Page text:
Stephen Curry, who scored 28 points, demoralized the Cavaliers early in the third quarter with back-to-back 3-pointers to push the Warriors’ lead to 20. They led by 21 entering the fourth. Golden State took great care of the ball throughout, finishing with 31 assists and four turnovers.
“I wouldn’t imagine it,” Brown said of that disparity, “especially going into Game 1 against that team.”
LeBron James, whose play for the Cavaliers through the first three rounds was virtually flawless, had an uneven game. He finished with 28 points, 15 rebounds and 8 assists but committed 8 turnovers. He was also assigned to defend Durant for much of the game, and that did not go well for him.
“We made a lot of mistakes,” James said. “They capitalized.”
Kyrie Irving scored 24 points for Cleveland, and Kevin Love added 15.
Undefeated in the playoffs, the Warriors have not lost a game since April 10, their second-to-last game of the regular season.
As for Thursday’s thumping, consider that the Warriors’ Klay Thompson shot 3 of 16 from the field. His teammates missed their share of layups. Durant did the math.
“We could be a lot better than we were tonight,” he said.
For the Cavaliers, it was a return to the site of their greatest triumph. In Game 7 of last year’s finals, on this same court, the Cavaliers completed an improbable and unprecedented comeback to hoist the Larry O’Brien Trophy before a dazed crowd at Oracle Arena. It was a bitter end to a historic season for the Warriors.
Since then, both teams had made changes — some major, some subtle. The Warriors added Durant to their already high-octane roster. (Put that in the “major” category.) They also signed experienced role players like Zaza Pachulia and David West. The Cavaliers engineered their own midseason face-lift, acquiring point guard Deron Williams and the 3-point specialist Kyle Korver.
By virtue of their shared playoff dominance, both teams arrived for Thursday’s game as fresh as organic produce. It had been 10 days since the Warriors completed their four-game sweep of the San Antonio Spurs in the Western Conference finals. The Cavaliers, meanwhile, went a week between games after eliminating the Boston Celtics in five games in the Eastern Conference finals.
But while the Warriors have made their journey through the playoffs look almost effortless, they continue to cope with an unconventional situation. Midway through the first round, Coach Steve Kerr stepped away from his day-to-day duties to deal with continuing medical problems. On Thursday, Brown again manned the Warriors’ bench.
Kerr, who has remained actively involved behind the scenes, watched Thursday’s game on television from the home locker room.
The game’s early moments were full of plodding and grabbing, bricks and whistles. On the Cavaliers’ first possession, the Warriors forced Kevin Love into hoisting an air ball as the shot clock expired. Not long after, Durant nearly broke the backboard on a long jumper. Pachulia engaged in some form of wrestling with the Cavaliers’ Tristan Thompson under the basket. James missed a free throw.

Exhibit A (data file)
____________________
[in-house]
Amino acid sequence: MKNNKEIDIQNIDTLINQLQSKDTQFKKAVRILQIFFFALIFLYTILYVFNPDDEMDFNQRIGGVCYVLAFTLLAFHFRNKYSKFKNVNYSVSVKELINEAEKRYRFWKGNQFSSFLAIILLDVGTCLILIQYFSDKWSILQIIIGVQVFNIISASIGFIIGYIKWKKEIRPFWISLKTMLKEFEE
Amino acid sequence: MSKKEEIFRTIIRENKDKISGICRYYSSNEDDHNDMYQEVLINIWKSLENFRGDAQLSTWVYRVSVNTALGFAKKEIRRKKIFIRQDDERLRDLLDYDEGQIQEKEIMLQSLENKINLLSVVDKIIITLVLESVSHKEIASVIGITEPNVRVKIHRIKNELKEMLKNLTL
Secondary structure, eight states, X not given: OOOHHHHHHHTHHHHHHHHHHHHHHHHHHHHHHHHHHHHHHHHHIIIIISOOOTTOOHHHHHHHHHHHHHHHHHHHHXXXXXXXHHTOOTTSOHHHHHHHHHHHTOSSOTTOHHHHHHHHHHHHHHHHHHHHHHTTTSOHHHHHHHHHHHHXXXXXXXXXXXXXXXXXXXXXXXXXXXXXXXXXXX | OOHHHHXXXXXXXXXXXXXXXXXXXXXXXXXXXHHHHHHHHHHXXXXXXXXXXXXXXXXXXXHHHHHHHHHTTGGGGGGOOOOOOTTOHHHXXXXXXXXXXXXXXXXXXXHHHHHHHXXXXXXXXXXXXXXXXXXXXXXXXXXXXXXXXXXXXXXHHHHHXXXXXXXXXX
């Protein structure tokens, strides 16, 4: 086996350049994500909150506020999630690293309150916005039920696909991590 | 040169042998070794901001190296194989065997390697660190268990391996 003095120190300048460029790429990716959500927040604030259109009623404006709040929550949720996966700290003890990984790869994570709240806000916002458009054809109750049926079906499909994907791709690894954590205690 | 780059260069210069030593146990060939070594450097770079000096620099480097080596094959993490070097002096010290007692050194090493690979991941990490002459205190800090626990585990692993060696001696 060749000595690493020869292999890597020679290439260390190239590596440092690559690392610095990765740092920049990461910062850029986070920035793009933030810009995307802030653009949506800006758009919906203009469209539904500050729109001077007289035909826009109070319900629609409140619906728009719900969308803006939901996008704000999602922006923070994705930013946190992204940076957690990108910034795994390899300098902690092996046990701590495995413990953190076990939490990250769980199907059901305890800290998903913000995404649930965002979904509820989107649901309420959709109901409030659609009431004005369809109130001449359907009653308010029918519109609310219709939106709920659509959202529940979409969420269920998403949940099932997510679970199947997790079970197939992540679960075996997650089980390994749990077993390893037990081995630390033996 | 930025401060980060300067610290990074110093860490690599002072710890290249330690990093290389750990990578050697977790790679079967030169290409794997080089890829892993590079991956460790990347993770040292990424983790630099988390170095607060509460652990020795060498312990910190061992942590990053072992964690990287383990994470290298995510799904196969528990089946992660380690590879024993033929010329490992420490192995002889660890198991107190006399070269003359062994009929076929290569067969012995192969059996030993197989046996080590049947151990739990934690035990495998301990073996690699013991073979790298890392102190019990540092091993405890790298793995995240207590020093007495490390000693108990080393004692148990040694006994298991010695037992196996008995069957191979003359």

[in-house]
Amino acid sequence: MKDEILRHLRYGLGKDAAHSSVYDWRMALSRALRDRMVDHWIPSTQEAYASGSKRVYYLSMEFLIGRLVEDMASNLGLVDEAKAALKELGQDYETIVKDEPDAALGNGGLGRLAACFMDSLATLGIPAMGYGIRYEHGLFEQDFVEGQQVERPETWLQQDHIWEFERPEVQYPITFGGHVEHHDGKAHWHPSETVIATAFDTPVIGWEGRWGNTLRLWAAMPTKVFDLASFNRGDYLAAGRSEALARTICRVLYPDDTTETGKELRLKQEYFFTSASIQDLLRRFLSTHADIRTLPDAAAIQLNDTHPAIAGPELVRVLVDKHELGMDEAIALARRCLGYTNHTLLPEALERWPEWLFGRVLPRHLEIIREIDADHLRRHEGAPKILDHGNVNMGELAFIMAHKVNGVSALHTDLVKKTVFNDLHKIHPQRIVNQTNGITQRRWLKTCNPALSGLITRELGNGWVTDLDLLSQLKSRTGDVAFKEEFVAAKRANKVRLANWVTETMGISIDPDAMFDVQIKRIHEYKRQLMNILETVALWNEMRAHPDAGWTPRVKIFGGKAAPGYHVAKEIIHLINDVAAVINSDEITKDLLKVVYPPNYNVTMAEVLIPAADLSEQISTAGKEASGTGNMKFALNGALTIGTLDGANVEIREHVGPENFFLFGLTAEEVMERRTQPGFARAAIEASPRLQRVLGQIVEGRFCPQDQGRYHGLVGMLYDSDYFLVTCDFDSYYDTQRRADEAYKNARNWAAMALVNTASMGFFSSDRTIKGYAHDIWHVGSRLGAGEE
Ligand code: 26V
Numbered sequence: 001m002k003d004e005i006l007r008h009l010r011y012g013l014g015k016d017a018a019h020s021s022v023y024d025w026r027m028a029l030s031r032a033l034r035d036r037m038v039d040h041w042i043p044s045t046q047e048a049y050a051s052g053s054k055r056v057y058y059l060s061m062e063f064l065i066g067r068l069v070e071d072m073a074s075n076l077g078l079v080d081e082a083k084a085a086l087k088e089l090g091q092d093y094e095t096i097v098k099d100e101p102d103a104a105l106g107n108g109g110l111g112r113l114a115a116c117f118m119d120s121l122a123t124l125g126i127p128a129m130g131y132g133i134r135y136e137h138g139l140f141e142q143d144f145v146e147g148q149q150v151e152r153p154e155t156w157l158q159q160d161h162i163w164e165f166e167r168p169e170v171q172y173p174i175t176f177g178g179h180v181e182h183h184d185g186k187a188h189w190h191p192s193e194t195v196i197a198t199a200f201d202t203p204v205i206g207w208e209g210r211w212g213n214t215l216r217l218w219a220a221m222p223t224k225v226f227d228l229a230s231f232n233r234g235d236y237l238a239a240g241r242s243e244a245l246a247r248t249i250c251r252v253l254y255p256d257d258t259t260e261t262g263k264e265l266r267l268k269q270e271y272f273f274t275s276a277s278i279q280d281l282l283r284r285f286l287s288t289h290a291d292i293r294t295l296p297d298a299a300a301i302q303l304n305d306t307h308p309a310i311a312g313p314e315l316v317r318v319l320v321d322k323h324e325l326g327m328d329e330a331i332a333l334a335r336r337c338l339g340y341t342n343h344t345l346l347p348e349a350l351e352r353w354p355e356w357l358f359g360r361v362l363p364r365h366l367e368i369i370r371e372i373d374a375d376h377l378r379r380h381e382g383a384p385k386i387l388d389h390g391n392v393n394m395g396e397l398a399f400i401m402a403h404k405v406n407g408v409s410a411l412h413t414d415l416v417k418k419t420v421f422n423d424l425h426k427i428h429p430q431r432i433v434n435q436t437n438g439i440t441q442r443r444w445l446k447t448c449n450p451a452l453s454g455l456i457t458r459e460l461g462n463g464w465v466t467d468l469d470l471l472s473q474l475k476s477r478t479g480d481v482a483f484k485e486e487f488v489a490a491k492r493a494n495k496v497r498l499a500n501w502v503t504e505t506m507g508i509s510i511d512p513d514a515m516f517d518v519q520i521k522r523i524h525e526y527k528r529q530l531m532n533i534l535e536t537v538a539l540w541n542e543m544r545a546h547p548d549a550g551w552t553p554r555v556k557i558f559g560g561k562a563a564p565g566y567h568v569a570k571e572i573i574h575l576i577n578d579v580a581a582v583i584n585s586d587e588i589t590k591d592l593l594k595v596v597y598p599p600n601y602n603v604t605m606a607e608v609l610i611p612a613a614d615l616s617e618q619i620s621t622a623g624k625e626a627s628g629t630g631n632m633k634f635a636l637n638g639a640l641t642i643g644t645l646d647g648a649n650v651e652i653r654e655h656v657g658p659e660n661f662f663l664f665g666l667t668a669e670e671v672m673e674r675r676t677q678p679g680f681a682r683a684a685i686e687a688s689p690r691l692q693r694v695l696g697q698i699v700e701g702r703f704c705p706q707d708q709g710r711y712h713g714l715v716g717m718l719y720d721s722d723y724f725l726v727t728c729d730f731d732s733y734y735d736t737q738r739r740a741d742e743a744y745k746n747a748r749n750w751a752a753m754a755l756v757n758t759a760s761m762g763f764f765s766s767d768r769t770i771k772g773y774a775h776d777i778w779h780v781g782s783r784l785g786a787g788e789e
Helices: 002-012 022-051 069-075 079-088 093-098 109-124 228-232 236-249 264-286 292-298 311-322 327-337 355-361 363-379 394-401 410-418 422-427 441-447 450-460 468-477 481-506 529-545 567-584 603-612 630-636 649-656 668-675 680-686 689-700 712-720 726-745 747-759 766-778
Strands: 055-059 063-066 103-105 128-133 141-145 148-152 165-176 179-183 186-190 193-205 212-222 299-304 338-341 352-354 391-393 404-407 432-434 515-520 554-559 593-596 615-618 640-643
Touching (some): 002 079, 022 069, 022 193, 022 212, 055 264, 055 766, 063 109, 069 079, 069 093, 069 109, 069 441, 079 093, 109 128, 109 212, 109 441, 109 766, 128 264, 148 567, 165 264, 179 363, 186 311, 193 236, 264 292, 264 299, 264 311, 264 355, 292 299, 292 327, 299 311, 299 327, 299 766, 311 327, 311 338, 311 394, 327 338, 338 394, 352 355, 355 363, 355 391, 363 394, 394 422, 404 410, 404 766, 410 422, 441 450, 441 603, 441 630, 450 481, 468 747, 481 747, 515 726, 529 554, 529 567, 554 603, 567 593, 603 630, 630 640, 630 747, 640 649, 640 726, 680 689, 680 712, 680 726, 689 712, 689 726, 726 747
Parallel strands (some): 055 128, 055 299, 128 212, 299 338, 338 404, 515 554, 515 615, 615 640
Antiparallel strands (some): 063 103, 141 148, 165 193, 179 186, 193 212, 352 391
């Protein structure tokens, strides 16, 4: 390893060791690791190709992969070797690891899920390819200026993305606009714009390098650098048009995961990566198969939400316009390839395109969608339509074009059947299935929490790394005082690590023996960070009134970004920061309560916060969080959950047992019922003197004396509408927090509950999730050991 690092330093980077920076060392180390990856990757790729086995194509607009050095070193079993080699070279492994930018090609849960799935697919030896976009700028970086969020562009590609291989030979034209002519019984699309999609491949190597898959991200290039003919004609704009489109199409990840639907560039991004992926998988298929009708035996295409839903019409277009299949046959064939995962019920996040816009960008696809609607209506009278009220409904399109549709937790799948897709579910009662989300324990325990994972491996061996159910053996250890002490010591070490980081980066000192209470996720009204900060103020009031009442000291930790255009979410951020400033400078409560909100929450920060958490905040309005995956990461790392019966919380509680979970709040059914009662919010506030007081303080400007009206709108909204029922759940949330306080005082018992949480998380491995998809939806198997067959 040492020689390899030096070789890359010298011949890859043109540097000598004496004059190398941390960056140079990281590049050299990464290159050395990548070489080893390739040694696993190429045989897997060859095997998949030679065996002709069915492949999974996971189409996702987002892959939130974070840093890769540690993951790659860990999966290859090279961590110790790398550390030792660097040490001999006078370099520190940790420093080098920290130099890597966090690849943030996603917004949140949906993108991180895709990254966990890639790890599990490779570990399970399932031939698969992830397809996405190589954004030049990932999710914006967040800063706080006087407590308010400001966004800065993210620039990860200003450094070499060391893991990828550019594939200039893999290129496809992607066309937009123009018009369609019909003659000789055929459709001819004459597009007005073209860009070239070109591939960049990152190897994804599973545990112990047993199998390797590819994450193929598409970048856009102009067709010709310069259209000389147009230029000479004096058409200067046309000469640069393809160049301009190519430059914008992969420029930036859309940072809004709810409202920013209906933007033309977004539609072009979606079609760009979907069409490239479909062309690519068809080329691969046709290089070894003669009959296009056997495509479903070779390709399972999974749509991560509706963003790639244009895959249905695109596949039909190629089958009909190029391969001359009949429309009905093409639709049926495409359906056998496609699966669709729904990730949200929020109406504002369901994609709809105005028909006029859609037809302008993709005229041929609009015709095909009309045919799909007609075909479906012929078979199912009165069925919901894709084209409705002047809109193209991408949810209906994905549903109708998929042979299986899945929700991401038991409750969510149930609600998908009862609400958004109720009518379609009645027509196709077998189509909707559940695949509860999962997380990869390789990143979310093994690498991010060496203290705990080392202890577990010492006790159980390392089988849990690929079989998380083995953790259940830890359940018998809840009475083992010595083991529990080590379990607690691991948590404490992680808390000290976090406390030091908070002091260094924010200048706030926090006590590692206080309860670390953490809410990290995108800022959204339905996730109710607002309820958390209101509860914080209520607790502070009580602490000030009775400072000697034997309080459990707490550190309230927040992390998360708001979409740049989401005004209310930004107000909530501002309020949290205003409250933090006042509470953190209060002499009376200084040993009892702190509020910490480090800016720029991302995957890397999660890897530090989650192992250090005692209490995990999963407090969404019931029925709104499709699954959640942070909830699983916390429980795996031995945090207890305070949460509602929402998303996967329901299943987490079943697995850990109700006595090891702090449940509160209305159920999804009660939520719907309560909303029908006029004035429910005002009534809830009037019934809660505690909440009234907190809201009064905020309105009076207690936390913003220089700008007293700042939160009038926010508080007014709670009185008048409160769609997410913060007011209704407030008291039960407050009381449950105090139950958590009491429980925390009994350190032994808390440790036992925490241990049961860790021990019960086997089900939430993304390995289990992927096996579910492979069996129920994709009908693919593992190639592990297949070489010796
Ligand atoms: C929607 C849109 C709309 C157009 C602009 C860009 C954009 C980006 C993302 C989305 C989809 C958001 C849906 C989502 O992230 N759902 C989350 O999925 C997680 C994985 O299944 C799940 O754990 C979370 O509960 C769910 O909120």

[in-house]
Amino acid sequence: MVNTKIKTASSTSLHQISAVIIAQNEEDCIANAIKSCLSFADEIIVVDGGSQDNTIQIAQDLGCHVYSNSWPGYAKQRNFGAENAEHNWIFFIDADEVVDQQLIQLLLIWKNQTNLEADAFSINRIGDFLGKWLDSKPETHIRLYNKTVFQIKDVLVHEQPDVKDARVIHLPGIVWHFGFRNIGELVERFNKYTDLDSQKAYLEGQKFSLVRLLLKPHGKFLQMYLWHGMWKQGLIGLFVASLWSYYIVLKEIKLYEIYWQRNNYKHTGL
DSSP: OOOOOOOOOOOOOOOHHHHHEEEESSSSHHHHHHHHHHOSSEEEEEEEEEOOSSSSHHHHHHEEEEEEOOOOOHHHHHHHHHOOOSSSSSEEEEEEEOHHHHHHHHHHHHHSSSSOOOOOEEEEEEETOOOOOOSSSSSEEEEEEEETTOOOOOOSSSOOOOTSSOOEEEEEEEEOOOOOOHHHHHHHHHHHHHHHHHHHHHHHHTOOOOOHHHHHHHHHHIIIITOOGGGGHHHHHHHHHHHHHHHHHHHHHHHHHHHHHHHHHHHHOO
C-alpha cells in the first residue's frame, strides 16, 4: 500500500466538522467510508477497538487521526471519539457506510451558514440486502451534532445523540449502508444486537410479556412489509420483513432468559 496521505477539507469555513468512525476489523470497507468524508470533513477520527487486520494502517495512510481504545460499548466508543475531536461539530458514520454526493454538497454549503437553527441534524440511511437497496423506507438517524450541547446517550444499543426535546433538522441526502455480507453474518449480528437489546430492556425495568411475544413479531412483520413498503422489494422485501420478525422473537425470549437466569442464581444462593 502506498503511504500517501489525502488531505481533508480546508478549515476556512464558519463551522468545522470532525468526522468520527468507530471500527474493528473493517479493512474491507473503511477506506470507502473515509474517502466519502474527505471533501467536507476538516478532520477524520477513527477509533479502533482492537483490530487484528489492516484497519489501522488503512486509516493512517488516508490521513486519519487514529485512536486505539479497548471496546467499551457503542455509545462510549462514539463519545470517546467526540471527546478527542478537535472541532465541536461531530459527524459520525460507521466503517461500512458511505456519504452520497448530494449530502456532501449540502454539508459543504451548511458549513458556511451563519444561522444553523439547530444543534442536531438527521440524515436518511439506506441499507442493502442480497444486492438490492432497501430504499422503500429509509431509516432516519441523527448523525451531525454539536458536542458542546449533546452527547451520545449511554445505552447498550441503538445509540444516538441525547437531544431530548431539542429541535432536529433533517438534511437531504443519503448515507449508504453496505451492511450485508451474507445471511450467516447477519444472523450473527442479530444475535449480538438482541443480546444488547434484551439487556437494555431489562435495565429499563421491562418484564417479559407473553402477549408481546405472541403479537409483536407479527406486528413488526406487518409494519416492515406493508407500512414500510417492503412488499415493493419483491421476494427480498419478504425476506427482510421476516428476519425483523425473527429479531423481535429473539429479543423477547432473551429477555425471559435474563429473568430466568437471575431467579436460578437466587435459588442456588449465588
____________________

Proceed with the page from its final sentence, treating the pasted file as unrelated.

Even the greatest players in the world were susceptible to nerves on the sport’s grandest stage. Soon enough, both teams settled into more of a rhythm. Durant, in particular, looked comfortable back in the finals — his first appearance since 2012, back when he was playing for the Oklahoma City Thunder. On Thursday, he scored 23 points in the first half.
The Cavaliers’ primary challenge was obvious: somehow slowing a team with the greatest assemblage of offensive talent in league history. In previous rounds, James had been conserved energy by defending lesser players. For however long this series lasts, no such vacations will be forthcoming.
“We know coming into this building, it’s going to be a tough game for us,” Cavaliers Coach Tyronn Lue said. “But just getting a chance to see how they play, their style of play, how fast they play — you can’t simulate that at practice.”
On Thursday, James guarded Durant — or tried as best he could. With 3-point threats like Curry and Thompson dragging defenders to the perimeter, Durant found seams to the basket. He had six dunks in the first half alone.
“I don’t know when I’m going to dunk or when I’m going to get the wide-open 3,” Durant said. “I just try to go out there and play.”
The Warriors are renowned for their 3-point shooting, but they spent the bulk of Thursday’s game dismantling the Cavaliers in the interior. The Warriors scored 42 points in the lane as they ran out to a 60-52 lead at halftime. The Cavaliers were not doing themselves any favors, committing 12 turnovers in the half — seven by James. The Warriors committed one.
On Wednesday, James acknowledged feeling distracted after the police said someone had spray-painted a racial slur on the front gate of a Los Angeles home that he owns. The Los Angeles Police Department said it was investigating the incident as a hate crime. James said he would focus on the game as best he could.
On Thursday, the Cavaliers had no margin for error — not against the Warriors, who turned another playoff game into a clinic.
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